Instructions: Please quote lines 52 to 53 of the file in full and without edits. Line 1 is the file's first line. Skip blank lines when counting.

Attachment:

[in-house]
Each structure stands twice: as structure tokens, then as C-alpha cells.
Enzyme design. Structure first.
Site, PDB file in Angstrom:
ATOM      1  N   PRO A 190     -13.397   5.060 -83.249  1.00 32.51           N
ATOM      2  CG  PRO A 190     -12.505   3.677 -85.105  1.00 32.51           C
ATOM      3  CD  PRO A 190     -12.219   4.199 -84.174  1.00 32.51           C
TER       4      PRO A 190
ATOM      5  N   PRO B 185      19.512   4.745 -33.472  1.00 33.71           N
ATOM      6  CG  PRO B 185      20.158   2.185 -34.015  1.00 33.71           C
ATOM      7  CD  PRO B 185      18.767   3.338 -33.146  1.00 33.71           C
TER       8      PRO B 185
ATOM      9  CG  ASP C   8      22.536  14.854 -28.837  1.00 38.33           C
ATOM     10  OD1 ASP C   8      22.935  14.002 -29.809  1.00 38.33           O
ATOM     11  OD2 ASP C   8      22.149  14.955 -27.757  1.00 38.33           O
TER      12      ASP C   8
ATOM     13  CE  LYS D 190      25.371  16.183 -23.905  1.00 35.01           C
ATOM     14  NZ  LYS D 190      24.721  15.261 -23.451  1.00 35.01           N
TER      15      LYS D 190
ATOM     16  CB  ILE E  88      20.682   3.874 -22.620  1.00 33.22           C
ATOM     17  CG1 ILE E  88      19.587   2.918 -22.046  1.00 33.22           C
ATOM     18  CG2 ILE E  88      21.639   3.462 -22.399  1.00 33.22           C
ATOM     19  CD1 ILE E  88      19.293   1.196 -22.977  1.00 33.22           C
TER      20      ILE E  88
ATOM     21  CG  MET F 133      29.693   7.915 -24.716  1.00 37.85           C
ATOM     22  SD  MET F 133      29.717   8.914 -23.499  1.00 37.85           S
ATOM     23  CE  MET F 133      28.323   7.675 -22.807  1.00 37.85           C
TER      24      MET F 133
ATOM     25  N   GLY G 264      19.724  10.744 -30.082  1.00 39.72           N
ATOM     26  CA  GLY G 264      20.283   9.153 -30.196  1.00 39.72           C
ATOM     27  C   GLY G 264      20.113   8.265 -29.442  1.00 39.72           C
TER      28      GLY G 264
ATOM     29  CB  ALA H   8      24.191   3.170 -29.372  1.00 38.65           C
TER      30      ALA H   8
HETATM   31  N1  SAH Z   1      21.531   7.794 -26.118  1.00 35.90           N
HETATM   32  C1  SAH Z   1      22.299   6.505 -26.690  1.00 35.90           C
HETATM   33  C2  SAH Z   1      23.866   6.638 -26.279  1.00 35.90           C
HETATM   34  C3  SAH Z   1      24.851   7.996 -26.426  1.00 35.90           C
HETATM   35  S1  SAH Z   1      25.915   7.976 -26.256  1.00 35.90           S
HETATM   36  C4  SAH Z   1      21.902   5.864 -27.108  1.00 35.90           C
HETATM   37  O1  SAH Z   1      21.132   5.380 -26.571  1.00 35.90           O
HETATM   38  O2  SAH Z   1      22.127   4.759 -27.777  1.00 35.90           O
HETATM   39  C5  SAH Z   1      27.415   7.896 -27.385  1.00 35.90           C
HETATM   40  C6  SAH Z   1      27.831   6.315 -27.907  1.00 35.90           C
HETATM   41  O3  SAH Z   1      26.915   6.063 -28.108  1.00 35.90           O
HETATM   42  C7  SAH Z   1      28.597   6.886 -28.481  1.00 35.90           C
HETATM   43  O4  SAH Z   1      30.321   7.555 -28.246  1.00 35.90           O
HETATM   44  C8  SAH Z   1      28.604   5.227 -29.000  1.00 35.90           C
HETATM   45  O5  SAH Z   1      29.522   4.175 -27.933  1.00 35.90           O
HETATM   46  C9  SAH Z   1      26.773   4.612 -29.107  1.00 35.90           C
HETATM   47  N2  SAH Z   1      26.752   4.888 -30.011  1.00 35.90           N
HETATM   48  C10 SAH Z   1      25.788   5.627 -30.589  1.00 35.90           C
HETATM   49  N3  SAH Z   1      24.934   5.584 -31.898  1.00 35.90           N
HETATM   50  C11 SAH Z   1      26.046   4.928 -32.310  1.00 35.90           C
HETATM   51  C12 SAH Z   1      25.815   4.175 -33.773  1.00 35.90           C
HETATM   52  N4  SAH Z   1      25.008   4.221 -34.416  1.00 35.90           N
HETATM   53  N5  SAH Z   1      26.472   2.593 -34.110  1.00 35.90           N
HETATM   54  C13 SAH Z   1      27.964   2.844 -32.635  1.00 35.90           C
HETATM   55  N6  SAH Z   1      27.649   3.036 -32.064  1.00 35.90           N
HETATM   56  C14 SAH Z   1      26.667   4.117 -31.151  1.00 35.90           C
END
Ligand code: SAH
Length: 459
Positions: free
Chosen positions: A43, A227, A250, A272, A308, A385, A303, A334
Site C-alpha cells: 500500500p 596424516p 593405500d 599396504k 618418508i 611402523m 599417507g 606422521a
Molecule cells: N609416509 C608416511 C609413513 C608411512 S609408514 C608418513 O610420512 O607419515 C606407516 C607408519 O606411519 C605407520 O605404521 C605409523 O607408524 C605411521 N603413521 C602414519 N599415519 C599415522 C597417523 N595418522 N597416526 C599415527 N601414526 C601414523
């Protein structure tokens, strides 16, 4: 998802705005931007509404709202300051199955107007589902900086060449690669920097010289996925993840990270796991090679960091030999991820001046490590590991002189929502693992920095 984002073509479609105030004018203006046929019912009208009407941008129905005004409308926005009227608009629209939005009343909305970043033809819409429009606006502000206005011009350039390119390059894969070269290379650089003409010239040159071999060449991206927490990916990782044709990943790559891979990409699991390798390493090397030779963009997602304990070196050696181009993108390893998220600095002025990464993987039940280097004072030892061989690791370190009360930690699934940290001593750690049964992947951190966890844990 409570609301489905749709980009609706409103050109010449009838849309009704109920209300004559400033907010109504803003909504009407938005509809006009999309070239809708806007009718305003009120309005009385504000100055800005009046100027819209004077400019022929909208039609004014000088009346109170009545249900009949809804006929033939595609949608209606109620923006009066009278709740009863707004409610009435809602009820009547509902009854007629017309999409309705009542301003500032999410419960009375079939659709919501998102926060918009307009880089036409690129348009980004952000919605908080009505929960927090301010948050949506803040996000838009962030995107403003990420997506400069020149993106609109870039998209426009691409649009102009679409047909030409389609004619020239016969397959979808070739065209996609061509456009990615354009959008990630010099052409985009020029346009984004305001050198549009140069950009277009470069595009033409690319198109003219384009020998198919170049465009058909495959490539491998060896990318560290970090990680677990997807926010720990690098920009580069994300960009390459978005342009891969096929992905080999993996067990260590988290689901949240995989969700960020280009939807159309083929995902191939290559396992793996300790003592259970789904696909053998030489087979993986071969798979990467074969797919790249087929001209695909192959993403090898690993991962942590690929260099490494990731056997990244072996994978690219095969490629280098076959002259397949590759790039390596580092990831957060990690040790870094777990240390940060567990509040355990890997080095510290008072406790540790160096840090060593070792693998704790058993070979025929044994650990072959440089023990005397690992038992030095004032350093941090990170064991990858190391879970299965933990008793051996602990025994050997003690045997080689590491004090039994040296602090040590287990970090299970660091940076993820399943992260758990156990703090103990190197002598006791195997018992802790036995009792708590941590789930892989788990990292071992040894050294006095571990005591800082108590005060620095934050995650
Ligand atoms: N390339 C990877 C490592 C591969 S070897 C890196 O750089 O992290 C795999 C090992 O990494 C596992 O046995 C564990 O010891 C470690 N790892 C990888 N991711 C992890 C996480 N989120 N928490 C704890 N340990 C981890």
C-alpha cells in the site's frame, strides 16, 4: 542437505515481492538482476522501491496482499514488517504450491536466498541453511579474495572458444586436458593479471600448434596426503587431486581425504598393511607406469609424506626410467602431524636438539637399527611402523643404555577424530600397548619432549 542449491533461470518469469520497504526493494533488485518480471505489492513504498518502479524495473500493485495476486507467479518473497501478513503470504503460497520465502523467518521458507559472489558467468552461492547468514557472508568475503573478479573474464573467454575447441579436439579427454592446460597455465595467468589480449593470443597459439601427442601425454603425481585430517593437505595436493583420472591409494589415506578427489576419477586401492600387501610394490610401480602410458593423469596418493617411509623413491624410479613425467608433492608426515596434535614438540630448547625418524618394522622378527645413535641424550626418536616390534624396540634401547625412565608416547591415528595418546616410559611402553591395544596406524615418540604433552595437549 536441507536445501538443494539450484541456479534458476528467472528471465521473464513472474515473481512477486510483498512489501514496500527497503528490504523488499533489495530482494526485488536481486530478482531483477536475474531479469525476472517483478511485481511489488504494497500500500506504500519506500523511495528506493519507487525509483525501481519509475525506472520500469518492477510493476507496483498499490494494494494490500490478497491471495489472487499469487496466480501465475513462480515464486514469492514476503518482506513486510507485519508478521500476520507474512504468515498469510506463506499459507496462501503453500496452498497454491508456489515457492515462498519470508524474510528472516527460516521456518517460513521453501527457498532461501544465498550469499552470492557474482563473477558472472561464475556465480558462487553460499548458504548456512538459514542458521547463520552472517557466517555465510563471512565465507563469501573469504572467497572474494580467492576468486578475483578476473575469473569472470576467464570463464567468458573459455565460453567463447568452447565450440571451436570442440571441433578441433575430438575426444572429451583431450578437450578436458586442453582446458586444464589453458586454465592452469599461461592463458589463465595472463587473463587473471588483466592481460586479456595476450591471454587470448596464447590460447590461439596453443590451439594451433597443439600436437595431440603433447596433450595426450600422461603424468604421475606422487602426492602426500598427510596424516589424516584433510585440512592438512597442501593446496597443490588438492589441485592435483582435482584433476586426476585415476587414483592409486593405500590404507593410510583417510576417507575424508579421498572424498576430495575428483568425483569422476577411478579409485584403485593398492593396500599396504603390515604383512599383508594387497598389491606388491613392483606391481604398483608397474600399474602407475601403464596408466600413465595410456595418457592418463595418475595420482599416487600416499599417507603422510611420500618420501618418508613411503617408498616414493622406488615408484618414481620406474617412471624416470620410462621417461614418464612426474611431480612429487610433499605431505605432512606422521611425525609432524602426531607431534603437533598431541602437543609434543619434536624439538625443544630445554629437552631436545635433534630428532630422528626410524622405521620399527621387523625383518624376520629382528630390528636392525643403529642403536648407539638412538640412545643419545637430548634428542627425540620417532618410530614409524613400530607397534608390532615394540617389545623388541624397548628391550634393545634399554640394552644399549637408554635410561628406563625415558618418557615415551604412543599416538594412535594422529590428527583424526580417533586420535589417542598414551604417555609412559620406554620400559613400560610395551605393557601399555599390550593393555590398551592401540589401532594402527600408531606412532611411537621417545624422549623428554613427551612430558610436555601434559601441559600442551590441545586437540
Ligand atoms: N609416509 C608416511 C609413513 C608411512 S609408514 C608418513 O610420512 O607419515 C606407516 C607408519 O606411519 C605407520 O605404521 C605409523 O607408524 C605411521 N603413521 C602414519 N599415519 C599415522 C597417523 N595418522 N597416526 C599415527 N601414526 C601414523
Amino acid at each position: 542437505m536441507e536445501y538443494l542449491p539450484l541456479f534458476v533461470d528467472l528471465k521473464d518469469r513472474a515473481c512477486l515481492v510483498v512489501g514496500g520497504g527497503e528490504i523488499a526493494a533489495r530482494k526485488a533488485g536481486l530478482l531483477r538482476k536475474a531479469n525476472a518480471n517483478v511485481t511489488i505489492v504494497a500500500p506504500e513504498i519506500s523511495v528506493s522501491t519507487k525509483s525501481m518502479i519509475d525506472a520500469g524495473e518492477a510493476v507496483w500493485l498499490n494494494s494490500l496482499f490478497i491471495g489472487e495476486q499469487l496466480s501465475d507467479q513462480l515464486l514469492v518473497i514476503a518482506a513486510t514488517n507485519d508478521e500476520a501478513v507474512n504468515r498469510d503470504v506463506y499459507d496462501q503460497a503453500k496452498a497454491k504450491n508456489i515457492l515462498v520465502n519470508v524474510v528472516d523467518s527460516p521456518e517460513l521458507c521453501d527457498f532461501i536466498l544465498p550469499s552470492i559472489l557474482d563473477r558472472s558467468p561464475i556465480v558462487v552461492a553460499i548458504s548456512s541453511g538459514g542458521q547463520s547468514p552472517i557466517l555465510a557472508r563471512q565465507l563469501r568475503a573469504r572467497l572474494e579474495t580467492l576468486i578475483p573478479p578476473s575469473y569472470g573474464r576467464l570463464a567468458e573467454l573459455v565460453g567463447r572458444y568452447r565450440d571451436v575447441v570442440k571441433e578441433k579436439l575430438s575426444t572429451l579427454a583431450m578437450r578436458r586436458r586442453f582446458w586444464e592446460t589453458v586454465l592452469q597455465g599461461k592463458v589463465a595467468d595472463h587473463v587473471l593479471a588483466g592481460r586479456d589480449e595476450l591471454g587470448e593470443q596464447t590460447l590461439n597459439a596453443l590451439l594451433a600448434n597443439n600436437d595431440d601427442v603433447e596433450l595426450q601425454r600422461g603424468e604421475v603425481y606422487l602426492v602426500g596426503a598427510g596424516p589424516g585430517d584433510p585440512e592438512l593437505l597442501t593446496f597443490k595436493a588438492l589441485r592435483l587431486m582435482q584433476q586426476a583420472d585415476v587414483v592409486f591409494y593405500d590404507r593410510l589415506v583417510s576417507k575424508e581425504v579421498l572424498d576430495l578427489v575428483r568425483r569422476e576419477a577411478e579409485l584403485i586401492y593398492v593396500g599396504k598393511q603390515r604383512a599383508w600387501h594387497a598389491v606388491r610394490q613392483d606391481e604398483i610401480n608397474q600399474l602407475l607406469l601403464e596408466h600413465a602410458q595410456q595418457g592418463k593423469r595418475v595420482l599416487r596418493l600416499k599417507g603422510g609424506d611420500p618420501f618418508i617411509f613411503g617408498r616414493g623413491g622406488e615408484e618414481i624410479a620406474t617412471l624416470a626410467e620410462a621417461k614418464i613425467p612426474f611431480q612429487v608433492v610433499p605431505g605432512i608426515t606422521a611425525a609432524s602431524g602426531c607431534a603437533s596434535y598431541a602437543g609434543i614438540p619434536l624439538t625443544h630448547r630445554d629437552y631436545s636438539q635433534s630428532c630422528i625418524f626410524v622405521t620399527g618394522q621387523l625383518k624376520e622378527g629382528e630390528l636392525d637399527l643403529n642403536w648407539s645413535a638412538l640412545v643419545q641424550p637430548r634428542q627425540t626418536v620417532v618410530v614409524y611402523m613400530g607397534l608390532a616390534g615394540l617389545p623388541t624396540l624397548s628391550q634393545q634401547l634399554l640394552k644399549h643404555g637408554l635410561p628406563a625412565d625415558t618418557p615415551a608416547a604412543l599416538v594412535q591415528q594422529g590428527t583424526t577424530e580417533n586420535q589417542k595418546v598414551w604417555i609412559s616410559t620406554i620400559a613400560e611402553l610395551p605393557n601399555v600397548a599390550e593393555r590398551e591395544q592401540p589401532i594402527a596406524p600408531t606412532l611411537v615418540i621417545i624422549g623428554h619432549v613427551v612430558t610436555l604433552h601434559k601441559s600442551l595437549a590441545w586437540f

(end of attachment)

HETATM   48  C10 SAH Z   1      25.788   5.627 -30.589  1.00 35.90           C
HETATM   49  N3  SAH Z   1      24.934   5.584 -31.898  1.00 35.90           N